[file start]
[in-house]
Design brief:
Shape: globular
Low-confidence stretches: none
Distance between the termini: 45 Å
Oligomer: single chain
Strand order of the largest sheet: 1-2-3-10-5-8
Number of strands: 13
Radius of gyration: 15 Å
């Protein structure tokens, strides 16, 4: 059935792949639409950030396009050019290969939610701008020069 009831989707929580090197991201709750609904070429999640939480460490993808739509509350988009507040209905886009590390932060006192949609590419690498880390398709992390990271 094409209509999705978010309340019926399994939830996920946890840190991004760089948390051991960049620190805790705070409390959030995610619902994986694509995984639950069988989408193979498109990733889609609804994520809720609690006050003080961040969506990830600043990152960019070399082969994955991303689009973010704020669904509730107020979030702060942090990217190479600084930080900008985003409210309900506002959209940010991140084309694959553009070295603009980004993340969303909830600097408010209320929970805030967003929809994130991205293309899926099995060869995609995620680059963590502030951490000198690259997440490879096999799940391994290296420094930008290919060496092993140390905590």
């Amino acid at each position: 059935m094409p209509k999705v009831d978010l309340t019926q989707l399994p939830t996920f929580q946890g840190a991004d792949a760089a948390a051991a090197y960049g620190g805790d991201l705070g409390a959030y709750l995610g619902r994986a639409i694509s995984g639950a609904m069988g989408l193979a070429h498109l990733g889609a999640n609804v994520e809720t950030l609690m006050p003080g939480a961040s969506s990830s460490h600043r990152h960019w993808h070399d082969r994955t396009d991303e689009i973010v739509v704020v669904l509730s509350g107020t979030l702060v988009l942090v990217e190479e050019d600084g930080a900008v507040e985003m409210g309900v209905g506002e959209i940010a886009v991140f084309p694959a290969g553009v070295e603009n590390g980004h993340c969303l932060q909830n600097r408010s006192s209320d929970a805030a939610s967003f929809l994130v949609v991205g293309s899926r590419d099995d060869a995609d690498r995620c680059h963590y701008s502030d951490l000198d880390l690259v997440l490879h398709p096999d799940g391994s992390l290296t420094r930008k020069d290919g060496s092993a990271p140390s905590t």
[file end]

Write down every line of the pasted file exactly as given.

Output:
[in-house]
Design brief:
Shape: globular
Low-confidence stretches: none
Distance between the termini: 45 Å
Oligomer: single chain
Strand order of the largest sheet: 1-2-3-10-5-8
Number of strands: 13
Radius of gyration: 15 Å
């Protein structure tokens, strides 16, 4: 059935792949639409950030396009050019290969939610701008020069 009831989707929580090197991201709750609904070429999640939480460490993808739509509350988009507040209905886009590390932060006192949609590419690498880390398709992390990271 094409209509999705978010309340019926399994939830996920946890840190991004760089948390051991960049620190805790705070409390959030995610619902994986694509995984639950069988989408193979498109990733889609609804994520809720609690006050003080961040969506990830600043990152960019070399082969994955991303689009973010704020669904509730107020979030702060942090990217190479600084930080900008985003409210309900506002959209940010991140084309694959553009070295603009980004993340969303909830600097408010209320929970805030967003929809994130991205293309899926099995060869995609995620680059963590502030951490000198690259997440490879096999799940391994290296420094930008290919060496092993140390905590």
């Amino acid at each position: 059935m094409p209509k999705v009831d978010l309340t019926q989707l399994p939830t996920f929580q946890g840190a991004d792949a760089a948390a051991a090197y960049g620190g805790d991201l705070g409390a959030y709750l995610g619902r994986a639409i694509s995984g639950a609904m069988g989408l193979a070429h498109l990733g889609a999640n609804v994520e809720t950030l609690m006050p003080g939480a961040s969506s990830s460490h600043r990152h960019w993808h070399d082969r994955t396009d991303e689009i973010v739509v704020v669904l509730s509350g107020t979030l702060v988009l942090v990217e190479e050019d600084g930080a900008v507040e985003m409210g309900v209905g506002e959209i940010a886009v991140f084309p694959a290969g553009v070295e603009n590390g980004h993340c969303l932060q909830n600097r408010s006192s209320d929970a805030a939610s967003f929809l994130v949609v991205g293309s899926r590419d099995d060869a995609d690498r995620c680059h963590y701008s502030d951490l000198d880390l690259v997440l490879h398709p096999d799940g391994s992390l290296t420094r930008k020069d290919g060496s092993a990271p140390s905590t």